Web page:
The fact that special circumstances (I hope I will not be understood as referring specifically to the donations of the brewers to political parties) can restrict the use of pictures warning about troubles resulting from contact with psychoactive substances does not mean that efforts should not be made elsewhere. For instance, the car itself is a conspicuous element among the temptations luring misguided consumers towards ruinous outcomes, and here as so often reformers are up against the forces of darkness actively reinforcing the allure with meretricious counter-advertisements. Cars are claimed to have strange powers. Buy this car and not only will it make you younger and stronger, it will come with a languorous femme fatale strategically attached to the hood [subject to availability; alternative gender-neutral offer: young attractive partner and two children, all in perfect health and grinning like successful footballers]. Moreover you are implicitly assured you will find all other drivers – all other road users, in fact – have disappeared from the roads. There are drawbacks, admittedly; the immaculate highway along which you speed in smooth isolation, outdistancing a low-flying airliner breaking all rules of air traffic control, is evidently located in a magnificent but remote and uninhabited terrain, possibly on Spitzbergen. In the face of such blandishments, consumers certainly should be provided with pictorial warnings against the temptation to acquire a car. Many of the inconveniences are well known, from faulty windshield wipers to lengthy gaol terms but what is seldom fully realised is the size of the car’s contribution to stress in modern life. All the worry of buying and fuelling and maintaining and repairing the thing and of dealing with the various human enemies one meets in these battles; the frustration of the steady guerilla warfare needed to keep it insured and officially recognised by the state; the exploration day by day of the frontiers of irrational behaviour among other motorists on your way to work. Above all though, there is the anguish, almost never admitted consciously, of voluntarily shutting oneself into a metal box even smaller than the punishment cells the communists used in Czechoslavakia. Even for a ten minute trip to the shops it would bring a nervous breakdown if you allowed yourself to think about it. For the daily two-hour traffic jam, if handed down by a judge, it would amount to cruel and unusual punishment. Of course the warning pictures on the car will have the advantage that they will be on the car itself unlike the allegedly seductive visual encouragements to buy the things. Themes for pictorial warning notices will obviously be legion, and perhaps inexpensive if cut-price deals can be cut with the sort of television channels that make disastrous car smashes a prominent feature of their broadcasts.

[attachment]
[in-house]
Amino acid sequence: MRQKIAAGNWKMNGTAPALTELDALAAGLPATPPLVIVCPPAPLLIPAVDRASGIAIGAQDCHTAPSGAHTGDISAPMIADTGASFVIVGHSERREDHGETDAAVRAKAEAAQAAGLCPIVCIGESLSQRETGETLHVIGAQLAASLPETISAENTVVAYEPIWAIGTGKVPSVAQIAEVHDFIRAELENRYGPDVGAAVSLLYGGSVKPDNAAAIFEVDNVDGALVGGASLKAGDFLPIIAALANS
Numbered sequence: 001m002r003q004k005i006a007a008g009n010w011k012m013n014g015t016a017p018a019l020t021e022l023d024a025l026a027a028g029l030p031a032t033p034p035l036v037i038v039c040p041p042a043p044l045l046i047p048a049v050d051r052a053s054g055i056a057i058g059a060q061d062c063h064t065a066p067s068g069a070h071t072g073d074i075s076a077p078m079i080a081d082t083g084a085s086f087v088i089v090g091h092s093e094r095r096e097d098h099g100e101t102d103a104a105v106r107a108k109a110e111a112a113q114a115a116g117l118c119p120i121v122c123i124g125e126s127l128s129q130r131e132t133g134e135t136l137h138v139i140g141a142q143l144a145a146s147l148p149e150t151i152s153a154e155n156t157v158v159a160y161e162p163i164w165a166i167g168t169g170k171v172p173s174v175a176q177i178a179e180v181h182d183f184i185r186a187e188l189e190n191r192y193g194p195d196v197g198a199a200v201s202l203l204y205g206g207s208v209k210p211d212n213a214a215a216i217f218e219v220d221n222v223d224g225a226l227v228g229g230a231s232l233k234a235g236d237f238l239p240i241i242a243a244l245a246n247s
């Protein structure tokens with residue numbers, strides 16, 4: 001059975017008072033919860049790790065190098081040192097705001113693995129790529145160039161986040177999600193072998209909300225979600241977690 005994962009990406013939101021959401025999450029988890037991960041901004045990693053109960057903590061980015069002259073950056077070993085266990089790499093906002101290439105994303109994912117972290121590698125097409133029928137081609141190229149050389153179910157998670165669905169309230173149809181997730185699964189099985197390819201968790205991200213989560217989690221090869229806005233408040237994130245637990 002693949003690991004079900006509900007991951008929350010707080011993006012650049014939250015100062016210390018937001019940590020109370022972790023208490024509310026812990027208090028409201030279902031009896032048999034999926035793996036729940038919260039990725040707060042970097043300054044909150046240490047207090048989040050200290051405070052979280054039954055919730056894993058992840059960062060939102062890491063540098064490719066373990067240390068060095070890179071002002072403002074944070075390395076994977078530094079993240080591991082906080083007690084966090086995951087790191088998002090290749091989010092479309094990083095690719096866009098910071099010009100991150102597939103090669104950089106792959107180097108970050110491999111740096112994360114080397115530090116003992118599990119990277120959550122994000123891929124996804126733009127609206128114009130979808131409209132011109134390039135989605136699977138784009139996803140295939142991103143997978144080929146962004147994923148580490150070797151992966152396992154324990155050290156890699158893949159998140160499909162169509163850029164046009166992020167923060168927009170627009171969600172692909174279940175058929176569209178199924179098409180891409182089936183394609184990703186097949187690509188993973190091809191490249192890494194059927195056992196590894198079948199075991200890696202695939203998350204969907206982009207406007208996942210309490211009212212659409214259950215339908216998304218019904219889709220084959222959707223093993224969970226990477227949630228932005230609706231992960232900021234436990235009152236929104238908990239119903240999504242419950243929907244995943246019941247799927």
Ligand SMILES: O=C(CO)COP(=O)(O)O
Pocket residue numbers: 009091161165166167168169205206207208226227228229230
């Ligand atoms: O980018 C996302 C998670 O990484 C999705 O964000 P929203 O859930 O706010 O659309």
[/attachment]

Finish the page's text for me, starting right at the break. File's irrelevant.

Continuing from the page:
The regrettable truth is that modern civilisation is replete with aspects threatening physical injury, financial loss, and moral decay to misguided consumers, and the UN has a duty to launch a world-wide multifaceted campaign of warnings against all these factors. It could begin by dealing with the food we eat, or, to be more precise, with unhealthy eating habits. For around 700 million on the planet there is a single unhealthy eating habit which is simply taking no food (almost invariably an involuntary condition) so in their case it is not easy to see where one might attach the warning notices; and in any case it is questionable whether many of those 700 million could truly be counted as bona fide members of the consumerat. But what worries many of the other 6.3 billion is the continuing struggle against obesity, and so the type of picture required is easily settled – some vast balloon of sweating humanity fighting its bulk into or out of an airline economy class seat would do nicely as a first example The laws about pictorial warnings in this category will have to be especially forceful, just to elbow their way past the existing mountains of colourful encouragements to believe that eating this or that package’s mixture of highly saturated fats and sugars and 21 kinds of chemical unknown to science until a few weeks ago will be good for consumers (and make them slimmer, and more beautiful, and charming; and if the consumer is a man his hair may grow back, too).
But the truth is that we have done no more than hint at the vast array of threats to the innocent consumer. Many other scourges of society need to be fenced off behind warning notices – social media, muzak, bad grammar, football, computer passwords, gardening, and many more. A plethora of warnings is needed and naturally for some the devising of visual warnings will be easy, for others difficult. The time is ripe for a new Hieronymus Bosch to show what he can do.